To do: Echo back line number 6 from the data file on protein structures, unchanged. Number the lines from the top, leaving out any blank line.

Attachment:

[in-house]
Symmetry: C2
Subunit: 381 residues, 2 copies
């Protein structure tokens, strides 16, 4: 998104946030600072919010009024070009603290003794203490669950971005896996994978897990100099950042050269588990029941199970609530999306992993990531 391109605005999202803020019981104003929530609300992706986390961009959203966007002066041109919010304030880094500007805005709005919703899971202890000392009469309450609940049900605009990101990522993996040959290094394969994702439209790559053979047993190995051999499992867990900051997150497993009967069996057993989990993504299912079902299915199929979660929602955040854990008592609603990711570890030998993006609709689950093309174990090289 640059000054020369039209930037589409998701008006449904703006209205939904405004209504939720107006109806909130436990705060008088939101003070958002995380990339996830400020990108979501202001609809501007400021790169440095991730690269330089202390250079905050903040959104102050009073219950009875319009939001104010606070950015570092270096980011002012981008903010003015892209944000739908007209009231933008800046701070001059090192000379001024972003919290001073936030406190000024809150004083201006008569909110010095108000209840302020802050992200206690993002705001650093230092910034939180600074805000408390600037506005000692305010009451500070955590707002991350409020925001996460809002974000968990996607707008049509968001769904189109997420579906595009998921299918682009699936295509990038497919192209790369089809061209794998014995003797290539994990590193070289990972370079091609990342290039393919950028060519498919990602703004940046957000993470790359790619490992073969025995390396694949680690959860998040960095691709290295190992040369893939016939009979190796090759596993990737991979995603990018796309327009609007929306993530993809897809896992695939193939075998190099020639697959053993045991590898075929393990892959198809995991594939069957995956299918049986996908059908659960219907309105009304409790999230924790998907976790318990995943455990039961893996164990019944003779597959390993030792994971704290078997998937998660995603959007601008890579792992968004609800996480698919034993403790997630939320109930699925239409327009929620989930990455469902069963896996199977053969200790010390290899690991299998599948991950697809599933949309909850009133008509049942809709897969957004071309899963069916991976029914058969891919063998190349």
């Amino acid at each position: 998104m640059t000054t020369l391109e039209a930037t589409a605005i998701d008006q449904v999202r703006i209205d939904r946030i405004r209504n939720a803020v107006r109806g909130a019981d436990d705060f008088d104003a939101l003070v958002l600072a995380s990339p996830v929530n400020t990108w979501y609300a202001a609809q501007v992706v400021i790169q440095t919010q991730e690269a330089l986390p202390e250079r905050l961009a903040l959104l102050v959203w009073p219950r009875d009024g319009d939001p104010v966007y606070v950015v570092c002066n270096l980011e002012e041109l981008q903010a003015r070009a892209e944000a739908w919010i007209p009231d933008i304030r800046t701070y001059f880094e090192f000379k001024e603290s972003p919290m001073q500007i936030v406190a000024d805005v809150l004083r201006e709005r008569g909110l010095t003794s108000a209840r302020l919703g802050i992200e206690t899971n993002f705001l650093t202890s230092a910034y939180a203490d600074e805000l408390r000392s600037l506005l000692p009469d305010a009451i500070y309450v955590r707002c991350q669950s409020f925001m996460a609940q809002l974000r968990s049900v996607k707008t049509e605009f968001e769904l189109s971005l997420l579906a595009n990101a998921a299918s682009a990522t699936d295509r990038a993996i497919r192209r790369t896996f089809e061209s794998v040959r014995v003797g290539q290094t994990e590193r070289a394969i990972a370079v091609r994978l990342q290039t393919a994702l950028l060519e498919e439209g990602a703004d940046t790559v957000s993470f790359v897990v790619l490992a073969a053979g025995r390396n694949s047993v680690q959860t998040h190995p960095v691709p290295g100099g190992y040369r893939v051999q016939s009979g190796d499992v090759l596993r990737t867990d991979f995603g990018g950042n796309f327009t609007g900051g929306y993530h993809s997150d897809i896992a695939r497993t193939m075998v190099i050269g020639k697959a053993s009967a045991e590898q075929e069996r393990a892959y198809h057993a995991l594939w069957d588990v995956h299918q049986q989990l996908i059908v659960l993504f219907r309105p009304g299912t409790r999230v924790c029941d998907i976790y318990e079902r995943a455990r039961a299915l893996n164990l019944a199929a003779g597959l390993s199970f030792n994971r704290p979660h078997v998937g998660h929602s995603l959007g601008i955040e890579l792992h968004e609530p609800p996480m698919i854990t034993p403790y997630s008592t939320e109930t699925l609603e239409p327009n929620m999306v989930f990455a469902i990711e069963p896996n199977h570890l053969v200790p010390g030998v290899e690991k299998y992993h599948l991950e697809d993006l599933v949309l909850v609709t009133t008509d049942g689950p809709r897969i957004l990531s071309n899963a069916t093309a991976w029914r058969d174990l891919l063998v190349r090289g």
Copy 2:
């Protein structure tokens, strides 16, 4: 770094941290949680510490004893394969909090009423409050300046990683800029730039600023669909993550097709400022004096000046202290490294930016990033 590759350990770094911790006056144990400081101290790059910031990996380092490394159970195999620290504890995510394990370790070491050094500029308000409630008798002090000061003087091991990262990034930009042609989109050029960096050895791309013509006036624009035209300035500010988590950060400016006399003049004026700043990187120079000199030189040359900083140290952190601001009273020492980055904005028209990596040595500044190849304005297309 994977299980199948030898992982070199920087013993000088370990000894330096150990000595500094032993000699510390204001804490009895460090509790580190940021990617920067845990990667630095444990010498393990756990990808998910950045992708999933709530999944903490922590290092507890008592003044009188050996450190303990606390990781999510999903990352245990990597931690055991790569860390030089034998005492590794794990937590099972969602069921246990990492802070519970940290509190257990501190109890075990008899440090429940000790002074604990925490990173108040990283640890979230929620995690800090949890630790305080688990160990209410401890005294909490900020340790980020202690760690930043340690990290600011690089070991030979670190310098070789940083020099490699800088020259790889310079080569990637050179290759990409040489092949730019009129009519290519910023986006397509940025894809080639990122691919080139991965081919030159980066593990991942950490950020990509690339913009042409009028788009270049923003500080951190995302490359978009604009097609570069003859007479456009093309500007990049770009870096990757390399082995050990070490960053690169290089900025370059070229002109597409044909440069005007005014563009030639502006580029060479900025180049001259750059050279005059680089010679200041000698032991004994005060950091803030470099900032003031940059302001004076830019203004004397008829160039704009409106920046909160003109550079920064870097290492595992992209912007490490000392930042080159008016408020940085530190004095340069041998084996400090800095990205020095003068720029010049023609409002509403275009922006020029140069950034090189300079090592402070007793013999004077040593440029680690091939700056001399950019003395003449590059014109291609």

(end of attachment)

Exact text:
Copy 2: